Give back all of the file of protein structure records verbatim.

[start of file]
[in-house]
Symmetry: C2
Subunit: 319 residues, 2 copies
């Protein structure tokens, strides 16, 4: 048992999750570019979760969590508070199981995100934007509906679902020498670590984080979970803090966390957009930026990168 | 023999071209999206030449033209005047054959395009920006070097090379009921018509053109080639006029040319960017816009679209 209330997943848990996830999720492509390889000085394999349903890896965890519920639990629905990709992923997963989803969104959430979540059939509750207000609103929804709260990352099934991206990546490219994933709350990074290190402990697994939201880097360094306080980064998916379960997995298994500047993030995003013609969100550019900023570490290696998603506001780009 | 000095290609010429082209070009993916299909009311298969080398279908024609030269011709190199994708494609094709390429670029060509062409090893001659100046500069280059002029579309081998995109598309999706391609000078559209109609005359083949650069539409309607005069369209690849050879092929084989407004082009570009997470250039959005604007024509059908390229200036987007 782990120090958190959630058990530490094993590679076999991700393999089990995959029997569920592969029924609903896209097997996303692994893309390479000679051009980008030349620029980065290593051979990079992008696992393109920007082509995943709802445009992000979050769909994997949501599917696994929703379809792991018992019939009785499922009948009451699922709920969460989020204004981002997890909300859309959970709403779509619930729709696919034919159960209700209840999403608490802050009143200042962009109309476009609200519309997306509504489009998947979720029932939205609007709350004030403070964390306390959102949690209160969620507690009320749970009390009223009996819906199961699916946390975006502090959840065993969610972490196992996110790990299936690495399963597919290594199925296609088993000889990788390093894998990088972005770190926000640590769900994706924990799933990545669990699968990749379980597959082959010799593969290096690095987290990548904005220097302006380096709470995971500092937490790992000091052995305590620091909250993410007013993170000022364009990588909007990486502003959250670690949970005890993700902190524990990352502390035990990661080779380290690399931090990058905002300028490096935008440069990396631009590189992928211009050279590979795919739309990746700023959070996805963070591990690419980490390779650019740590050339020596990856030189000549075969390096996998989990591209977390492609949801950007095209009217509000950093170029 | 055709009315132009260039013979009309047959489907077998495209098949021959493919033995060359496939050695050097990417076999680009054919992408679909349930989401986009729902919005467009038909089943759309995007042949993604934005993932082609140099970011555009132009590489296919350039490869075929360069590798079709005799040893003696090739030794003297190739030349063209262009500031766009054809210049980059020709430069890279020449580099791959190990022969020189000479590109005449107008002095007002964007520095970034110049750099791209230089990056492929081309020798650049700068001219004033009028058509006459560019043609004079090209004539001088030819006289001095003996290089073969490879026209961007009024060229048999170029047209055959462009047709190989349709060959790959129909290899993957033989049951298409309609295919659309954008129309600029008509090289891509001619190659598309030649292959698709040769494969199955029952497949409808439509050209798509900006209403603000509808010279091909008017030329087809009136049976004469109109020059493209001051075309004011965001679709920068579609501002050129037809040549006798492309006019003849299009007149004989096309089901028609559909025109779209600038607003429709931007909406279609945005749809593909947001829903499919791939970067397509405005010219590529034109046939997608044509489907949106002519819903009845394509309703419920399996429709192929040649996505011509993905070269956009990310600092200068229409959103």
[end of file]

[in-house]
Symmetry: C2
Subunit: 319 residues, 2 copies
């Protein structure tokens, strides 16, 4: 048992999750570019979760969590508070199981995100934007509906679902020498670590984080979970803090966390957009930026990168 | 023999071209999206030449033209005047054959395009920006070097090379009921018509053109080639006029040319960017816009679209 209330997943848990996830999720492509390889000085394999349903890896965890519920639990629905990709992923997963989803969104959430979540059939509750207000609103929804709260990352099934991206990546490219994933709350990074290190402990697994939201880097360094306080980064998916379960997995298994500047993030995003013609969100550019900023570490290696998603506001780009 | 000095290609010429082209070009993916299909009311298969080398279908024609030269011709190199994708494609094709390429670029060509062409090893001659100046500069280059002029579309081998995109598309999706391609000078559209109609005359083949650069539409309607005069369209690849050879092929084989407004082009570009997470250039959005604007024509059908390229200036987007 782990120090958190959630058990530490094993590679076999991700393999089990995959029997569920592969029924609903896209097997996303692994893309390479000679051009980008030349620029980065290593051979990079992008696992393109920007082509995943709802445009992000979050769909994997949501599917696994929703379809792991018992019939009785499922009948009451699922709920969460989020204004981002997890909300859309959970709403779509619930729709696919034919159960209700209840999403608490802050009143200042962009109309476009609200519309997306509504489009998947979720029932939205609007709350004030403070964390306390959102949690209160969620507690009320749970009390009223009996819906199961699916946390975006502090959840065993969610972490196992996110790990299936690495399963597919290594199925296609088993000889990788390093894998990088972005770190926000640590769900994706924990799933990545669990699968990749379980597959082959010799593969290096690095987290990548904005220097302006380096709470995971500092937490790992000091052995305590620091909250993410007013993170000022364009990588909007990486502003959250670690949970005890993700902190524990990352502390035990990661080779380290690399931090990058905002300028490096935008440069990396631009590189992928211009050279590979795919739309990746700023959070996805963070591990690419980490390779650019740590050339020596990856030189000549075969390096996998989990591209977390492609949801950007095209009217509000950093170029 | 055709009315132009260039013979009309047959489907077998495209098949021959493919033995060359496939050695050097990417076999680009054919992408679909349930989401986009729902919005467009038909089943759309995007042949993604934005993932082609140099970011555009132009590489296919350039490869075929360069590798079709005799040893003696090739030794003297190739030349063209262009500031766009054809210049980059020709430069890279020449580099791959190990022969020189000479590109005449107008002095007002964007520095970034110049750099791209230089990056492929081309020798650049700068001219004033009028058509006459560019043609004079090209004539001088030819006289001095003996290089073969490879026209961007009024060229048999170029047209055959462009047709190989349709060959790959129909290899993957033989049951298409309609295919659309954008129309600029008509090289891509001619190659598309030649292959698709040769494969199955029952497949409808439509050209798509900006209403603000509808010279091909008017030329087809009136049976004469109109020059493209001051075309004011965001679709920068579609501002050129037809040549006798492309006019003849299009007149004989096309089901028609559909025109779209600038607003429709931007909406279609945005749809593909947001829903499919791939970067397509405005010219590529034109046939997608044509489907949106002519819903009845394509309703419920399996429709192929040649996505011509993905070269956009990310600092200068229409959103």